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In 7th year, Luverne’s Art Rocks going strong

Tom Clarke (center) transfers raku, a Japanese style of pottery, to a bed of paper while his assistant waits to quickly cover the piece with a bucket to trap the heat. Alyson Buschena/Daily Globe1 / 3
Sarah and Dalton Engelkes goes through the Children's Walk with their son, Noah, as part of Art Rocks. Alyson Buschena/Daily Globe2 / 3
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LUVERNE — The seventh annual Art Rocks, a juried fine art show, drew young and old during the Saturday and Sunday event. Held at the Rock Courthouse Square, numerous artists showcased a variety of works that were also available for sale.

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“We first started on Main Street, but it was so windy that year. The second year, it wasn’t windy, but it rained and rained,” remembered Jerry Deuschle, artist and event organizer. “After that, we decided to move it here so we could anchor our tents down into the ground.”

Deuschle estimated 20 artists participated in the event this year, down slightly from last year.

Organizers of Art Rocks strive to maintain a high level of quality at the event, and all participating artists must submit photos of their artwork prior to being accepted into Art Rocks.

Since 2006, Art Rocks has grown into a summer highlight for many artists and art appreciators.

“And that was our hope,” Deuschle said. “That we would attract the people that really appreciate and enjoy fine art. Events like this are terribly important for art and people interested in art.”

The event drew many artists from around the area, and in previous years has also showcased the works of artists from as far away as the Twin Cities.

New this year was a children’s walk, sponsored by the Rock County Early Childhood Initiative and organized largely by volunteer Kristi Groth.

“We just thought that we’ve never done anything at Art Rocks before, and I had seen this activity somewhere else and suggested we try it this year,” Groth said.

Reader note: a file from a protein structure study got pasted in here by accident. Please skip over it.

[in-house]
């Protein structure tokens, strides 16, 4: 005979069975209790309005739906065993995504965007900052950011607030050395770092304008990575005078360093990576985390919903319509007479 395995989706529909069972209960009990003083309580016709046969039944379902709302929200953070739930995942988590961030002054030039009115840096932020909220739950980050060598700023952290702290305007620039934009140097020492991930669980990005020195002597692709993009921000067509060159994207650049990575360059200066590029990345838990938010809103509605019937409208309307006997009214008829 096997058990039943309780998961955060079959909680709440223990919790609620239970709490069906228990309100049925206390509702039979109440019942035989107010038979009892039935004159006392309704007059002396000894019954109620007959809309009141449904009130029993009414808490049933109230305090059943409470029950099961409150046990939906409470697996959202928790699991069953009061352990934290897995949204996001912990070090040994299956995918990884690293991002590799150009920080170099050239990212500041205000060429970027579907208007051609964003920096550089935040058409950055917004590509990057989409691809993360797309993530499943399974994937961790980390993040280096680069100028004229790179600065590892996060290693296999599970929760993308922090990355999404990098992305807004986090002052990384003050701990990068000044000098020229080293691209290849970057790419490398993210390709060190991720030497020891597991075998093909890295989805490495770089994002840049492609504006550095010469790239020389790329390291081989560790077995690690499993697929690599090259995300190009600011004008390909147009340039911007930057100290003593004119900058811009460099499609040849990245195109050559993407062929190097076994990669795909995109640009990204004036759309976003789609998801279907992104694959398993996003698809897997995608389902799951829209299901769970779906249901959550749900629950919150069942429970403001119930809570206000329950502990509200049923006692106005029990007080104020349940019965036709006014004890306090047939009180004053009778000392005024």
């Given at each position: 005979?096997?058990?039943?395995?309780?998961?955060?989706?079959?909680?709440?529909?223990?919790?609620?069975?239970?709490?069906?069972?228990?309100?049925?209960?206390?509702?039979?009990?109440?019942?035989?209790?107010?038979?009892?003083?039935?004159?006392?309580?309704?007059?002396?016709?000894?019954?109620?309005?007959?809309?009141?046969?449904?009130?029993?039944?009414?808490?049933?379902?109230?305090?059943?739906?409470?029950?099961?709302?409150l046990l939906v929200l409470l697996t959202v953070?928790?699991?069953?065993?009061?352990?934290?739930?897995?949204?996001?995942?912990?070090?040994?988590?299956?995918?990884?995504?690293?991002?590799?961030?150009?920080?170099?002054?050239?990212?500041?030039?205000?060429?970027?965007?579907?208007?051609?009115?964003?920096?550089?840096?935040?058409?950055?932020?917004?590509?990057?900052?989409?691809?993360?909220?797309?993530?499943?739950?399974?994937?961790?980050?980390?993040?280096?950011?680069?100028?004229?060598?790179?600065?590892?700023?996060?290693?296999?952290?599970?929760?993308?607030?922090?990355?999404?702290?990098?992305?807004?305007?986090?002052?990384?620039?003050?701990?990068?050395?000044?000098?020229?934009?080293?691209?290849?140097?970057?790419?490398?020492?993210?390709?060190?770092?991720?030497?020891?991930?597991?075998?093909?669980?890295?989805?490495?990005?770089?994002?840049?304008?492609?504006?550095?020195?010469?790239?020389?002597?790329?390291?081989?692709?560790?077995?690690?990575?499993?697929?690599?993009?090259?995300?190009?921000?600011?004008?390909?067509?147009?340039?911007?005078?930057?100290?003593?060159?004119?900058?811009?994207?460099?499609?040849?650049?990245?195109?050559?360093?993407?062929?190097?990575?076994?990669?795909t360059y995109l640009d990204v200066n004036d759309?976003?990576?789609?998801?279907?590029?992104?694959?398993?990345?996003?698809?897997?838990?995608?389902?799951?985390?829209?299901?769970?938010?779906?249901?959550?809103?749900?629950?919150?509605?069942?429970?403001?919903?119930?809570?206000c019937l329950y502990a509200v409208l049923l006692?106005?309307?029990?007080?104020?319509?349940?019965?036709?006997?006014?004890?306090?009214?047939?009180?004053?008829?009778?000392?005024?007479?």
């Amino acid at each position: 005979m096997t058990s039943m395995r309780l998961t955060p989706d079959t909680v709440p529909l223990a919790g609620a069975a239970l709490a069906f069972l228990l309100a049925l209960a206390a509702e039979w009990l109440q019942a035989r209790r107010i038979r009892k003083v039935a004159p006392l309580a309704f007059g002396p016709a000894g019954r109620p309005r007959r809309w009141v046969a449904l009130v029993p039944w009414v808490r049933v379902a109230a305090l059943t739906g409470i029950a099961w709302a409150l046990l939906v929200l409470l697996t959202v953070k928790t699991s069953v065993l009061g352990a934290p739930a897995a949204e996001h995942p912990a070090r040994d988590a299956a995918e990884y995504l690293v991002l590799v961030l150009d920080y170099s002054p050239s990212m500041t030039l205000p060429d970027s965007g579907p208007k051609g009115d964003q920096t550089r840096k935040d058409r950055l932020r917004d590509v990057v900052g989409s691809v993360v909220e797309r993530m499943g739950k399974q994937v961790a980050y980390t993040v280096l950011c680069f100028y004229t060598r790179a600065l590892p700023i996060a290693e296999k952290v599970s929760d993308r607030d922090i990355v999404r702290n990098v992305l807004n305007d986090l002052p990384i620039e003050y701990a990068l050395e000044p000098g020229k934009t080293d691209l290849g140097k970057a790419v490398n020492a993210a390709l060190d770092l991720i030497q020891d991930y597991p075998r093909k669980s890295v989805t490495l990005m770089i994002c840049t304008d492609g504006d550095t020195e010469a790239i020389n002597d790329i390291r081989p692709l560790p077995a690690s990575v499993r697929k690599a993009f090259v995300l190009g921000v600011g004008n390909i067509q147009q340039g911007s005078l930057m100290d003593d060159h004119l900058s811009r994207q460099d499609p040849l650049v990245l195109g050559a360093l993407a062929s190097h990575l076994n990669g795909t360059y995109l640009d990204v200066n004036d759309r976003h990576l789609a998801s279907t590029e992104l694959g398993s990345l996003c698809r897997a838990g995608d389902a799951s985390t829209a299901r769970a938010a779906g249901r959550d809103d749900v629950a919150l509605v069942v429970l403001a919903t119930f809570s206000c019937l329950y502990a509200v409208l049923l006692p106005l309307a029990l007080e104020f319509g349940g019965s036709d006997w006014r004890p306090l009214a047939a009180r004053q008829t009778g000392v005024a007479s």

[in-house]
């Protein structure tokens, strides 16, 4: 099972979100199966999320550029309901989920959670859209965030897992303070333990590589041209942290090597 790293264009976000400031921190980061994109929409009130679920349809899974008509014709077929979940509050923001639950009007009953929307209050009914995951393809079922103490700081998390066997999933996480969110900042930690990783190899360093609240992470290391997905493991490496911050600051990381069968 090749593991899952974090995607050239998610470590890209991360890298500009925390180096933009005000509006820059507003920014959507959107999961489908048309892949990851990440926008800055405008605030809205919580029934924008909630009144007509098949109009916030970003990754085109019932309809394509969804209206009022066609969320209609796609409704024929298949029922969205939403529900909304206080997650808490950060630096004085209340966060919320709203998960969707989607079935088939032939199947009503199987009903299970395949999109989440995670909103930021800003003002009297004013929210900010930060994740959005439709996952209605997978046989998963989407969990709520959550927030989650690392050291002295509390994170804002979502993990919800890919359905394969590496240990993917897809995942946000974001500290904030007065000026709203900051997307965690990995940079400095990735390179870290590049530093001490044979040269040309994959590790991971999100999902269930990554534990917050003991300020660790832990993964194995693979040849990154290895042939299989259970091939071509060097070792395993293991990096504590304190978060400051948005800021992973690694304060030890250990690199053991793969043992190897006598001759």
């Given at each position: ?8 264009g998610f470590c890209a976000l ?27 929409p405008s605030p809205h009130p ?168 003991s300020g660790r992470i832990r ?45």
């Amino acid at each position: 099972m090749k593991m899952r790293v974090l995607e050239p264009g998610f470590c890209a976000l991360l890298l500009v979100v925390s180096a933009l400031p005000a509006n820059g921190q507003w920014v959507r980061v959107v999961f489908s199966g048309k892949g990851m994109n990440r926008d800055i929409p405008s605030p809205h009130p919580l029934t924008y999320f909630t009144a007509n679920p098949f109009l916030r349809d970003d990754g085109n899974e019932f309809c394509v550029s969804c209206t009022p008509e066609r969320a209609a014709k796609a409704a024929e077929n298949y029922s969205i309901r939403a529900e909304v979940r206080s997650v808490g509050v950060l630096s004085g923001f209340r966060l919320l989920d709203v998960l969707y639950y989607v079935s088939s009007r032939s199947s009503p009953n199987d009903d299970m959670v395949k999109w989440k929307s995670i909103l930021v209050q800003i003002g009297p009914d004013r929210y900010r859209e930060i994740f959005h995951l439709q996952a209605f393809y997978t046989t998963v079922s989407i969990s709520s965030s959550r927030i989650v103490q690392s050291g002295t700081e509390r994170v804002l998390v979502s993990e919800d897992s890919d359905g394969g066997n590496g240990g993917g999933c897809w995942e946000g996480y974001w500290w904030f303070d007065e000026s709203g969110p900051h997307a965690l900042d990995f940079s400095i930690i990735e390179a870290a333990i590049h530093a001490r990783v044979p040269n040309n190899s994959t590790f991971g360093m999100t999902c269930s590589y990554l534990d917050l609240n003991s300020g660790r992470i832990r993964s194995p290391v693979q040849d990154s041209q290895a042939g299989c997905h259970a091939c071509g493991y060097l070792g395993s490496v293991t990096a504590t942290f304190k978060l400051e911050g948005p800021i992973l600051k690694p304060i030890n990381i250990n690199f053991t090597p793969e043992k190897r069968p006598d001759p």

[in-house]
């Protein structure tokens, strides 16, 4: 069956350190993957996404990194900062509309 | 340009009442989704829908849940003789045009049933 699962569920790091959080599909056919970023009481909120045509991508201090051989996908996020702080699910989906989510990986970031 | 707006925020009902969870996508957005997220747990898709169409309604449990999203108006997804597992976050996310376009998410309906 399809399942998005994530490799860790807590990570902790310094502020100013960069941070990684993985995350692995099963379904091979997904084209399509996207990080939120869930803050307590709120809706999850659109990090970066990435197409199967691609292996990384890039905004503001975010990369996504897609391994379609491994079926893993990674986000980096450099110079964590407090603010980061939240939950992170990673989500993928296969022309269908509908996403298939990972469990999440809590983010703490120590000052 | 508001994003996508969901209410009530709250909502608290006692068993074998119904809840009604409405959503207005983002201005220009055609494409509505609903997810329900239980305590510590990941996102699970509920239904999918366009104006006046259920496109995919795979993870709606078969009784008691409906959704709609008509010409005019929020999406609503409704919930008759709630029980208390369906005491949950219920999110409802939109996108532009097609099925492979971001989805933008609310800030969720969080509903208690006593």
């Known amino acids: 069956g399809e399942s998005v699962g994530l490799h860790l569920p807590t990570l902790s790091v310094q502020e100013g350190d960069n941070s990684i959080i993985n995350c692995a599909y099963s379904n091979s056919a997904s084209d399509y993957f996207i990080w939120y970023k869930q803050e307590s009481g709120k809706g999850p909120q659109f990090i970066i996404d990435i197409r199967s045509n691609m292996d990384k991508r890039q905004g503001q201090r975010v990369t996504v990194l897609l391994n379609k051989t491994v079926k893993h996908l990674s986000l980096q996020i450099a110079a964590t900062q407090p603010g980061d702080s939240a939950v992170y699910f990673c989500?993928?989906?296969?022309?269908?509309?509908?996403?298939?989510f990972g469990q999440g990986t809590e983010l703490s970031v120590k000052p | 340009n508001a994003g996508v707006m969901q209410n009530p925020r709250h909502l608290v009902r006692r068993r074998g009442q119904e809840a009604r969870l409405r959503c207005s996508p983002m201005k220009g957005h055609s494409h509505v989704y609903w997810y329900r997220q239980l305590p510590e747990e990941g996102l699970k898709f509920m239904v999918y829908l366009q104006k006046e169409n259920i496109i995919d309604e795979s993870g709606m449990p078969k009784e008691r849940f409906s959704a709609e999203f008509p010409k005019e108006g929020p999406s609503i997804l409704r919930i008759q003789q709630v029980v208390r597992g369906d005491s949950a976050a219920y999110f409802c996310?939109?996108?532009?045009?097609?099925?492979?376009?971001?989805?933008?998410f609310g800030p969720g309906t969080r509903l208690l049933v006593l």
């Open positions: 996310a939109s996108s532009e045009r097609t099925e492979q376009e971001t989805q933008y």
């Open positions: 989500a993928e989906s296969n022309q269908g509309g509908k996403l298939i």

The activity incorporated reading with hands on activities and was aimed at children ages five and younger.

“We tried to pick a book that coordinated with the Art Rocks theme,” explained Groth. “And this one (Mouse Paint), with the primary colors, seemed like a perfect fit.”

Large pages of Mouse Paint, written by Ellen Stoll Walsh, were laminated and placed on stakes to form a short walking path for children and parents. The book tells the story of three mice that discover three bottles of paint, red, blue and yellow, and the lessons they learn about color as they play with the paint. After reading the story, children were able to learn about paint and color with hands on activities — including experimenting with mixing colors.

“Reading isn’t just about English. It can also be about math and science,” said Shelley Krueger, Rock County Early Childhood Initiative co-coordinator.

After reading Mouse Paint, each of the children received a bag with a book and a small watercolor paint set.

“It’s supposed to be making reading more of an active thing for children,” said Krueger. “Rather than having reading be just sitting, they can learn about it in a more interactive way.”

“That’s the whole thing, to encourage parents to read with their kids,” Groth added. “Literacy, movement, walking and the creative part so you can get three different areas with walk. It’s adding another element to Art Rocks.”

Alyson Buschena
Alyson joined the Daily Globe newsroom staff after spending a year in Latin America. A native of Fulda and graduate of the University of Northwestern, she has a bachelor's degree in English with a dual concentration in Literature and Writing and a minor in Spanish. At the Daily Globe, Alyson covers the crime beat as well as Pipestone and Murray counties, community news and feature stories. In her spare time, she enjoys traveling, reading, and cooking. More of Alyson's writing can be found at
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